Blackhawks rookie Alex DeBrincat looking to regain his scoring touch

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Alex DeBrincat tries to protect the puck from Minnesota’s Mikko Koivu during a game on Jan. 10. (AP Photo)

The third quarter of the season — Games 40 to 60 — are the dog days of the NHL season for everybody, but especially for rookies. Most young players have never faced such a long and grueling schedule.

Alex DeBrincat is not most young players, however.

“Last year I played around 100 games, so I’m pretty used to it,” DeBrincat said. “We went pretty far in the playoffs every year. Maybe when the playoffs hit here, it’ll be a little tougher. But I’ve been feeling good. That’s a positive of going the major junior route — you play a lot more games and you’re used to the schedule. For me, that’s helped a lot.”

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DeBrincat said the biggest adjustment has been playing every other night or so, as opposed to the Ontario Hockey League, where most games are on the weekend and you have three or four days each week to recover.

“Other than that, it’s pretty similar,” he said.

That said, DeBrincat has been struggling to recapture his scoring touch. After being shut out Wednesday against the Maple Leafs, he has no goals and one assist in his last seven games. He has just two goals in the last 18 games after posting 10 goals in a 13-game span in November and December.

Some of that has to do with him playing a third-line role recently after a brief dalliance with the top line; he has averaged fewer than 12 minutes a game the last six games after ranging between 14 and 18 minutes most nights in late November and December. Coach Joel Quenneville called it “a pretty normal [learning] curve,” especially for a player who played into late May last season.

DeBrincat was back on the power-play unit and up on Jonathan Toews’ line for the Leafs game, so that could help jump-start his offense.

“I thought the first 25 [games], he did a nice job,” Quenneville said. “As we’ve gone along here, a little bit [less] possession with the puck, and that’s one of his strengths. Whether it’s influencing pucks or being around the puck area, he was more effective earlier on. But I think he still has some looks in games, he is getting his shots through — and quality shots. If we get him back to that pace, he can be a real threat. But everyone has stretches where you’re more efficient, more effective. He came out of the gate strong and we’d like to get him back there.”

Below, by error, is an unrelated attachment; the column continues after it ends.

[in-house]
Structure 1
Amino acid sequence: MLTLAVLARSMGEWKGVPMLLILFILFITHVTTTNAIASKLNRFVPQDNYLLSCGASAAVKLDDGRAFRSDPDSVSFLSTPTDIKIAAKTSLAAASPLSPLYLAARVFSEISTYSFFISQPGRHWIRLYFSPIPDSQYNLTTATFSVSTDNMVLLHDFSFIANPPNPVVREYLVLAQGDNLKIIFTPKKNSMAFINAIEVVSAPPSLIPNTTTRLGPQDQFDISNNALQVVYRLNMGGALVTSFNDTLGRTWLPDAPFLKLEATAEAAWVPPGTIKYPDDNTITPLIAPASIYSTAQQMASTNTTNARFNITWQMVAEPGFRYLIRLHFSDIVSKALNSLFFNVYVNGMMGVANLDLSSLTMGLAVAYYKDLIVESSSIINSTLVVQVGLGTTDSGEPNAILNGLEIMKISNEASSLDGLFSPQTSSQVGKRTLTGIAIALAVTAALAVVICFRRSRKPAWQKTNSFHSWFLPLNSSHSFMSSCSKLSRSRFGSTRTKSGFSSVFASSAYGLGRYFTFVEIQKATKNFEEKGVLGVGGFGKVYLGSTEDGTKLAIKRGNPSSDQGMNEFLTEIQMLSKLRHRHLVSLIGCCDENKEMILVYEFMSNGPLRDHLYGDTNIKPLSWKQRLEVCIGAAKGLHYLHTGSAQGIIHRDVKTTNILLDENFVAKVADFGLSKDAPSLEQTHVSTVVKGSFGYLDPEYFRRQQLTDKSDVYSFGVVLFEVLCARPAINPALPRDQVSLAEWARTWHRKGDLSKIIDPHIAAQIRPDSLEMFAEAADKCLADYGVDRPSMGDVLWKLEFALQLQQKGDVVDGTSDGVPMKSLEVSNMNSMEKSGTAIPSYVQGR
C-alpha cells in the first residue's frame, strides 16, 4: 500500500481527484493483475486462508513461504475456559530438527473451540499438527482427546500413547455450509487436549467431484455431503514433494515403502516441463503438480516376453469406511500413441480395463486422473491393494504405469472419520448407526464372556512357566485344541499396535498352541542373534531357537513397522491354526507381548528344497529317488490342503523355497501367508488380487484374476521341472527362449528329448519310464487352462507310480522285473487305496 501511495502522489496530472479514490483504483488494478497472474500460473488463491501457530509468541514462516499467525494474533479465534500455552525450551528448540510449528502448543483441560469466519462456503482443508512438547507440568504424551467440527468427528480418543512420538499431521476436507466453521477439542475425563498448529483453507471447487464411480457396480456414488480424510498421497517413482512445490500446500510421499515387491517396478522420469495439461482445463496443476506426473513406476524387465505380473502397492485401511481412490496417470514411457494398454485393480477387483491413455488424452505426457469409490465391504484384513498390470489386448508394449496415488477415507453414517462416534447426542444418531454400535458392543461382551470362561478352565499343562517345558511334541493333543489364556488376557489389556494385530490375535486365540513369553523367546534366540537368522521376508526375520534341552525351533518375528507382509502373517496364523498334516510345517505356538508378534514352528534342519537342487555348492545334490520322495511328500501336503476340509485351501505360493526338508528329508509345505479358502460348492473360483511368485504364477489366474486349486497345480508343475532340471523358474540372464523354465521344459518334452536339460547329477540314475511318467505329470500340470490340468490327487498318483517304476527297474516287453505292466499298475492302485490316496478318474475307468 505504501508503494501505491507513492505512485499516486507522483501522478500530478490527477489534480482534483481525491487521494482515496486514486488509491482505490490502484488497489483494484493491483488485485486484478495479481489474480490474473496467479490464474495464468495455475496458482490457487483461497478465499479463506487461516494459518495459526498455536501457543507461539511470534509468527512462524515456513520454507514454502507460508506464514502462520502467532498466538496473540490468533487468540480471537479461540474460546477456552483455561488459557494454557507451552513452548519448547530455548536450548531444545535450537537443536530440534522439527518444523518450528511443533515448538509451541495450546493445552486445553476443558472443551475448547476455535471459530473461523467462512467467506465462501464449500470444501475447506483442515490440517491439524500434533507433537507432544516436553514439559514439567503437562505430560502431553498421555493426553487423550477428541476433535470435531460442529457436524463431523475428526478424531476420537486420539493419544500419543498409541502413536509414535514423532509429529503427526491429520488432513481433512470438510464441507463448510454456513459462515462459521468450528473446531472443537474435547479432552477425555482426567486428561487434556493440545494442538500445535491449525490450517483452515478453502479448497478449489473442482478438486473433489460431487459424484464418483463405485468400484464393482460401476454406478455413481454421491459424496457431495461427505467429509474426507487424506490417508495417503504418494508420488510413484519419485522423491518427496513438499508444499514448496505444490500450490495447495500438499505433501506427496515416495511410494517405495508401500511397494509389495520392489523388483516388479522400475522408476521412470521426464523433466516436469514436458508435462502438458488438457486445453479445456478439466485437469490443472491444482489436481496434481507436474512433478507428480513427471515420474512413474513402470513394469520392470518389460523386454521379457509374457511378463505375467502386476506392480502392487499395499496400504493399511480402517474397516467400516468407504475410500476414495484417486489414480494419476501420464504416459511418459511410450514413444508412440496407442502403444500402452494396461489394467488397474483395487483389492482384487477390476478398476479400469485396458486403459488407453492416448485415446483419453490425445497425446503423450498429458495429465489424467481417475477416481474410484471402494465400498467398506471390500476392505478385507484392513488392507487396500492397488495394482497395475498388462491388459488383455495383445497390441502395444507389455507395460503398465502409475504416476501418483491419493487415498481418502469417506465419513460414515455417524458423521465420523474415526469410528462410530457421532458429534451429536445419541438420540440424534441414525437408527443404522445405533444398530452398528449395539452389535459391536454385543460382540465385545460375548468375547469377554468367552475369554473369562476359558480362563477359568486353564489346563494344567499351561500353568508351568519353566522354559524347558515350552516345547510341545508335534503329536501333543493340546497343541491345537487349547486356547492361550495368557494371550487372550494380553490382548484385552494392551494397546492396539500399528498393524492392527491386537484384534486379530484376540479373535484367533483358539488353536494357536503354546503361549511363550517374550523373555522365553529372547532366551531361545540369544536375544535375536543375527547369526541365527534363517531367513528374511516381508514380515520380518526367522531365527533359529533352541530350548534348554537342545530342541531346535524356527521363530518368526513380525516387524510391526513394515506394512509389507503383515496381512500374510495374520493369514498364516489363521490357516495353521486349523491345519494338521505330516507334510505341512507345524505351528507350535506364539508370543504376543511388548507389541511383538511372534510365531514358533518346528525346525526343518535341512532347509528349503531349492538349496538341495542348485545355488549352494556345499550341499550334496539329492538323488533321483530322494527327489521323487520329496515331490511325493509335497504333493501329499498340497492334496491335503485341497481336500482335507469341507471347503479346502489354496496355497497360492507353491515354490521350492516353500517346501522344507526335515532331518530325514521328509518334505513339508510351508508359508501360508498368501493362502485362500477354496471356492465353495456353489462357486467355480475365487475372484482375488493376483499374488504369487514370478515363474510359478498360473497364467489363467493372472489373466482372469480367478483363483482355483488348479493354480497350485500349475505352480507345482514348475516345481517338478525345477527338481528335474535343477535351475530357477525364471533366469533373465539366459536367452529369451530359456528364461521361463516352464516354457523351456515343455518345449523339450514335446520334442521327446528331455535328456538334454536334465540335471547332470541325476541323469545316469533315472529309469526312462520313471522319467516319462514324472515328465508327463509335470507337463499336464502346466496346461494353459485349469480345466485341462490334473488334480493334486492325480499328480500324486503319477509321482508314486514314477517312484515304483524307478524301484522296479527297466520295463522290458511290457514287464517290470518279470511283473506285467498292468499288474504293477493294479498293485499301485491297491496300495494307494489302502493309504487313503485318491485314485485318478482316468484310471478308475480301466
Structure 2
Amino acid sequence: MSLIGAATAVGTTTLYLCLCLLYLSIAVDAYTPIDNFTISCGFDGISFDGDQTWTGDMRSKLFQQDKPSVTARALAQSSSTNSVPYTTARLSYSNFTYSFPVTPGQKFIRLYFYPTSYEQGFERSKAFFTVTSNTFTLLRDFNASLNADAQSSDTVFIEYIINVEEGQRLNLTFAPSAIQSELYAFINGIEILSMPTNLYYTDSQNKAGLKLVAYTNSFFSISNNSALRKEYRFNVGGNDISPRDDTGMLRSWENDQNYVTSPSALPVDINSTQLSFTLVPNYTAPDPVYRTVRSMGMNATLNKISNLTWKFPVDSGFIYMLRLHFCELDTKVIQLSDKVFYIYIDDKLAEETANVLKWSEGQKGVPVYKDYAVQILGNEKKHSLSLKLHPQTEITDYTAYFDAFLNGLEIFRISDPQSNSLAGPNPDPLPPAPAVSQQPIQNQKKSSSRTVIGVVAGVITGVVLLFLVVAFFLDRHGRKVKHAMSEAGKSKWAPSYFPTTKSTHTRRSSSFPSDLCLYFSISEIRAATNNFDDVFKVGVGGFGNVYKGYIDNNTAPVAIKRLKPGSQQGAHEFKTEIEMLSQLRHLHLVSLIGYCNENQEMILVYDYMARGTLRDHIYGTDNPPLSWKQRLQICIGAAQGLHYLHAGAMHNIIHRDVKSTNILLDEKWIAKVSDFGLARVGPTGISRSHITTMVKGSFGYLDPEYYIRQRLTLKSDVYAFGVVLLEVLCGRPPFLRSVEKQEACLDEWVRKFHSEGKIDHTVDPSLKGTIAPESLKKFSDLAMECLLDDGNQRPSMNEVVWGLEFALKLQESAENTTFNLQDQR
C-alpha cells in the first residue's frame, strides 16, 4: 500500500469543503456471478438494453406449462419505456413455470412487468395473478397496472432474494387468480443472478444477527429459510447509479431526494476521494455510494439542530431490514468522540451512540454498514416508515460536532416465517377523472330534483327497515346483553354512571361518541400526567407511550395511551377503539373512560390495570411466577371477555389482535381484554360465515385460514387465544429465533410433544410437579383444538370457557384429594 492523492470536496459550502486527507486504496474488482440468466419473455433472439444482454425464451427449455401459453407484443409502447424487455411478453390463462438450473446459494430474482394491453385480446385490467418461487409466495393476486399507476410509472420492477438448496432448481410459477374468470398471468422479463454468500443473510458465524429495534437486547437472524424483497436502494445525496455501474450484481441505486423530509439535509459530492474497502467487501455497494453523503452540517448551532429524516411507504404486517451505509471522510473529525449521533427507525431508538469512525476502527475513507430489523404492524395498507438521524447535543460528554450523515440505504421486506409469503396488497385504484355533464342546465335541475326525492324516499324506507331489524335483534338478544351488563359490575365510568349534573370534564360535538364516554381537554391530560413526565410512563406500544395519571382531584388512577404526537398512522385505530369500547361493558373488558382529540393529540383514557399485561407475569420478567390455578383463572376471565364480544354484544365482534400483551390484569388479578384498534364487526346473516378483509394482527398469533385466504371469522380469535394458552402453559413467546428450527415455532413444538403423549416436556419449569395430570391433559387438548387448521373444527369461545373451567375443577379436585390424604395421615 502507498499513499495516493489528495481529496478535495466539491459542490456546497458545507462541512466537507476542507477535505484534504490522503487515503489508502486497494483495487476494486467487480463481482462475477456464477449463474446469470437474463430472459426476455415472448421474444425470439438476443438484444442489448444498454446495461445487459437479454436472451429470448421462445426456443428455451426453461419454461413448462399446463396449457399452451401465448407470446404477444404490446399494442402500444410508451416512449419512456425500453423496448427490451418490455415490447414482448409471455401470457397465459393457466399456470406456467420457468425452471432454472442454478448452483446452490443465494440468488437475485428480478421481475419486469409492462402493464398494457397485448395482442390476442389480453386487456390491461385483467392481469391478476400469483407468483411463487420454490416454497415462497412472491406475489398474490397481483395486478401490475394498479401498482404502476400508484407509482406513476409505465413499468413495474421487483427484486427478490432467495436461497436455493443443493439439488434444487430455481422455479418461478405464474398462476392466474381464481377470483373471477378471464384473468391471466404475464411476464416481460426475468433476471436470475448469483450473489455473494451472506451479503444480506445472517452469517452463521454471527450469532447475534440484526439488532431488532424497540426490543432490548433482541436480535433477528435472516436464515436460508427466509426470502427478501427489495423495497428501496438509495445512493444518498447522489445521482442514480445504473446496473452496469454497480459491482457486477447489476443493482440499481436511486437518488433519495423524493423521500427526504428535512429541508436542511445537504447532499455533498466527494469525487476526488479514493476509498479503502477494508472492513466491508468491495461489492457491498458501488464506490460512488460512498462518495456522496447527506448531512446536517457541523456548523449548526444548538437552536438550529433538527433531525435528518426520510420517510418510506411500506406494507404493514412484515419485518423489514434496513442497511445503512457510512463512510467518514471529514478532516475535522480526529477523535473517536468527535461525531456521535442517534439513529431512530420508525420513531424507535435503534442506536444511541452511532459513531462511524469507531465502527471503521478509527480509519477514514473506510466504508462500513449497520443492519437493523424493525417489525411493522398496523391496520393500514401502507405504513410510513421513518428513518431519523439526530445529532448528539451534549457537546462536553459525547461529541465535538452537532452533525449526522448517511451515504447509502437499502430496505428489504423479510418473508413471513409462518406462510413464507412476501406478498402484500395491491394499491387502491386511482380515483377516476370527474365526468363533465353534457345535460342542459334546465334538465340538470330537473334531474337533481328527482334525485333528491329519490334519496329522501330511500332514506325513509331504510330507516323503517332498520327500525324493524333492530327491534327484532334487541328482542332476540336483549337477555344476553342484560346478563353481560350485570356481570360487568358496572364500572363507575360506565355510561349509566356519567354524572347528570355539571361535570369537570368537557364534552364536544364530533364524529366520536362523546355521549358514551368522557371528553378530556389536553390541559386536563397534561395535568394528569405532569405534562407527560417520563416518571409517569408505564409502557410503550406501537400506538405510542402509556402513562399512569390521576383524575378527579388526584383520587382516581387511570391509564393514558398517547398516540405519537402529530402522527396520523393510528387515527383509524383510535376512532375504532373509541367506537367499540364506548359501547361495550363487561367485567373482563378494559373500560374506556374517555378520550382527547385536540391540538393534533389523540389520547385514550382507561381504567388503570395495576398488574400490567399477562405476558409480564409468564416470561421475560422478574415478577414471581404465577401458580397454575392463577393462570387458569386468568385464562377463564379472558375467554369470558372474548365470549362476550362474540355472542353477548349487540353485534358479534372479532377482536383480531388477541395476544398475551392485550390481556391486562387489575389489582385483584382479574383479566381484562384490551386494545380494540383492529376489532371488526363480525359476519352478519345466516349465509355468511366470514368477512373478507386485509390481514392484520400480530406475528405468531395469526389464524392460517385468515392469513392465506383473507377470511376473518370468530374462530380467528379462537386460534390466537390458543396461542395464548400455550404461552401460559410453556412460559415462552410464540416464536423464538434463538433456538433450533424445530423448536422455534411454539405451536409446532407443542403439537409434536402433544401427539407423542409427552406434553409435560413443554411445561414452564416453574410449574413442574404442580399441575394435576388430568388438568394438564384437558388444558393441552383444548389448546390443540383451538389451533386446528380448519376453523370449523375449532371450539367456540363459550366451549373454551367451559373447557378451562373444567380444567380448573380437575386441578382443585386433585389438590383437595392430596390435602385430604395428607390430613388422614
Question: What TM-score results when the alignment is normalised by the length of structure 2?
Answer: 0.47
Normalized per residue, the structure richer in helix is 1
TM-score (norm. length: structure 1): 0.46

Crawford update

Quenneville said the Hawks are discussing the possibility of bringing injured goaltender Corey Crawford on the trip to Nashville, Vancouver and Calgary after this weekend’s All-Star break. Crawford has been on injured reserve since Christmas with what three sources described as vertigo-like symptoms.

If Crawford travels, it would probably be so the Hawks’ staff could monitor his progress on the ice, should he return to practice. Quenneville said the possibility of him actually playing “may be a little distant.”

Regardless, the Hawks are happy just to have Crawford around again.

“Selfishly, you want him back in your lineup, knowing what he’s meant to this team,” Toews said. “But at the end of the day, just knowing that for him, that he’s making progress, it’s a great thing. It’s good to see him around. For anyone who’s on the shelf for a little while, regardless of what your injury is, it’s not fun to be on your own page and just be by yourself all the time. It always gives you a little energy to be back in the locker room around

the guys.”

Roster report

Lance Bouma, Tommy Wingels and Jan Rutta were healthy scratches for the second consecutive game.

Follow me on Twitter @MarkLazerus.

Email: mlazerus@suntimes.com

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